“One of the Cocks in quick time cut down his adversary. The proud Victor Cock strutted round & about [then] jumped upon his prostrate foe & crowed. The dying Fowl, cut down in the prime of life, felt that his last end was near, but to be trampled upon & crowed over by his ungenerous foe was too much for the brave Cock, even in the last agonies of death. He summoned up all his expiring energies, threw his foe off his body and run one of his Gaffs entirely through his [opponent’s] head which produced instantaneous death.”

The victor “did not survive long enough to receive the congratulations of his friends on his unexpected victory.”

Taul reported other things people did for fun back then.

“Horse racing was an almost every day business. The people indulged in almost all sorts of amusements: playing cards, fives or ball, throwing long bullets & even pulling an old Gander’s head off, was no uncommon sport. Shooting, running foot races, wrestling, hopping, &c. was practiced at all public gatherings. A fist fight followed as a matter of course.”

Several of these are unknown today. Fives was a game resembling handball. Throwing long bullets was a game to see who could throw a heavy stone or metal ball (the bullet) a certain distance, say a mile, in the fewest throws. The game was usually played in public roads and was eventually outlawed everywhere.

Taul gave personal descriptions of the illustrious members of the Clark County bar in 1798. They included Gen. Levi Todd, James Brown, Henry Clay, George M. Bibb and Jesse Bledsoe.

“General Todd was an old man, was called the father of the bar, tho’ I don’t expect he was much of a Lawyer. A man of high character & universally esteemed. His brother, Col. John Todd, was killed at the battle of the Blue Licks. Mr. Brown was a gentleman of high literary & legal attainments. Was a man of towering & majestic person, very proud, austere & haughty. Was afterwards Senator to Congress & Minister to France. Mr. Clay, Mr. Bibb & Mr. Bledsoe were all three great favorites with the people & considered very promising. Mr. Clay, however, took the lead & kept it. Young as I then was, I paid particular attention to the speeches made at that Court & I determined then to be a Lawyer. Mr. Clay’s success & career are well known. Mr. Bibb also became highly distinguished as a Lawyer & has twice been on the bench of the Supreme Court of Kentucky, Senator in Congress & Secretary of the Treasury of the U.S. Mr. Bledsoe was a man of the first order of talents, a classical scholar, a man of exquisite wit, a poet & Orator. He soon acquired great eminence at the bar & was considered one of the best advocates in the State. He was afterwards in the Senate of the U.S. and a judge on the Circuit Court bench in Kentucky. He married [Sally,] the eldest daughter of the late Col. Nathaniel Gist of Clarke County. She was at the time one of the ‘belles’ of Kentucky. His besetting sin was ‘intemperance’ that impaired his usefulness.”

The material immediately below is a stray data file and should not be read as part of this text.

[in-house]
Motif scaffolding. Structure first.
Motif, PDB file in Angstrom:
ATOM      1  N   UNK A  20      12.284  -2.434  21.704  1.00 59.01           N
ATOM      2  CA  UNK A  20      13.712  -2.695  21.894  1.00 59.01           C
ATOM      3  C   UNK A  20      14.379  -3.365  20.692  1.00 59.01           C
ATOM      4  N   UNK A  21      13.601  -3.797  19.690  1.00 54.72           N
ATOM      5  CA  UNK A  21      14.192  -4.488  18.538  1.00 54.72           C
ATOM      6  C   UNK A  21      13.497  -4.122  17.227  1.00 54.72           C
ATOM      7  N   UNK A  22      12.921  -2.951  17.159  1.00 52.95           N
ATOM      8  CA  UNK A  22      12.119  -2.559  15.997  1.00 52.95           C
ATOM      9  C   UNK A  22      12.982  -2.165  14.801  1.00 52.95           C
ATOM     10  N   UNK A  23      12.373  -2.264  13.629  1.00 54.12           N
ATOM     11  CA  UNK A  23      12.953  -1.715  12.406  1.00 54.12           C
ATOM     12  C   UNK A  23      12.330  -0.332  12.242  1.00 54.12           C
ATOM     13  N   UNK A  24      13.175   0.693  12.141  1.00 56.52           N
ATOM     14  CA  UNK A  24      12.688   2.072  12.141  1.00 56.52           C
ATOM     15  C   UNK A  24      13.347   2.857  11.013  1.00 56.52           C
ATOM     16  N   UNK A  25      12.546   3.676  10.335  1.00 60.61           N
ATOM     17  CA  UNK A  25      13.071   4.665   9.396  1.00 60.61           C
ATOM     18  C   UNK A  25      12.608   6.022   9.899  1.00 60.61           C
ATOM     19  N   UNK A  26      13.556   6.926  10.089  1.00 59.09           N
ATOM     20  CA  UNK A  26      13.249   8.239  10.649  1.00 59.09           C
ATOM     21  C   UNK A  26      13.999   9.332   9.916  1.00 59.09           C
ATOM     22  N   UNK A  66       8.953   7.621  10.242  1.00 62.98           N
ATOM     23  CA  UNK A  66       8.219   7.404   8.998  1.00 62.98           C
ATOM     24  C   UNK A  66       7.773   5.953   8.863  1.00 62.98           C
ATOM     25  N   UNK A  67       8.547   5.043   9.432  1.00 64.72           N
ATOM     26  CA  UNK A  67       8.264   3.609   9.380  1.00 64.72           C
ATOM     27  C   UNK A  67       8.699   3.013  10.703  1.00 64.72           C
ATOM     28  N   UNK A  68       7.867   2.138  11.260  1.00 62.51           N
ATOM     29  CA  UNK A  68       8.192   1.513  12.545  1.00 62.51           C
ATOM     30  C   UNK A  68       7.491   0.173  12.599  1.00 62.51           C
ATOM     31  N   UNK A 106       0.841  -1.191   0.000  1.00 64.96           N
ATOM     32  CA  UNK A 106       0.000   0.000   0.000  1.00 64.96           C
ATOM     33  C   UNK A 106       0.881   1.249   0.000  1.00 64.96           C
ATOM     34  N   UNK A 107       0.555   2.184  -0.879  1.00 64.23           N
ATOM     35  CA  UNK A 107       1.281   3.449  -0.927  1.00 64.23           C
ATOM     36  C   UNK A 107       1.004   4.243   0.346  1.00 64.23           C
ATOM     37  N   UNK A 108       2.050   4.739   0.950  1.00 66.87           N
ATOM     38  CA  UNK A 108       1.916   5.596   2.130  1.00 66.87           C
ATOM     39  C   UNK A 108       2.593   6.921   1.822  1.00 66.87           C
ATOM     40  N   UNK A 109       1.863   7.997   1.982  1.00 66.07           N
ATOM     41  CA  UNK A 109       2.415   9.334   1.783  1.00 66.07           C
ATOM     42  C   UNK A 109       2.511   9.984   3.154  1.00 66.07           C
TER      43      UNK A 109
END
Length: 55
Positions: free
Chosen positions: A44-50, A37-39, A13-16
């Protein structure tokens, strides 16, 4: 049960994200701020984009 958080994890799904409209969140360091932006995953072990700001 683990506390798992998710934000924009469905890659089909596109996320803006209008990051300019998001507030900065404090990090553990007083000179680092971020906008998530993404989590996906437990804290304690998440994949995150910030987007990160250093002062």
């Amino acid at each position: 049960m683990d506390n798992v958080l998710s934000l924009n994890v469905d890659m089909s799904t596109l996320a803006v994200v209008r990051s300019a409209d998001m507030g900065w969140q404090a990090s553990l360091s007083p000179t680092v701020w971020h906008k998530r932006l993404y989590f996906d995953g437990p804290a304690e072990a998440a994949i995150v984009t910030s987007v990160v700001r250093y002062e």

Taul came back to Clark County for a time (1817-1825).

He was a delegate to the Kentucky convention that nominated Henry Clay for president in 1824. The election was thrown into the House of Representatives when no candidate received a majority of electoral votes. This was when Clay was accused of making a “corrupt bargain” by supporting John Quincy Adams in return for being appointed Secretary of State.

In a show of support, Clark County citizens called on Taul to invite Clay “to partake in a dinner at Col. [Hubbard] Taylor’s, five miles from Winchester on the Lexington road. Mr. Clay attended and … delivered a very handsome and eloquent speech. The Dinner was one of the very best I ever sat down to. The day was spent in the utmost gaiety and hilarity. Conversation, eating, drinking, dancing etc. etc.”

Harry Enoch, retired biochemist and history enthusiast, has been writing for the Sun since 2005.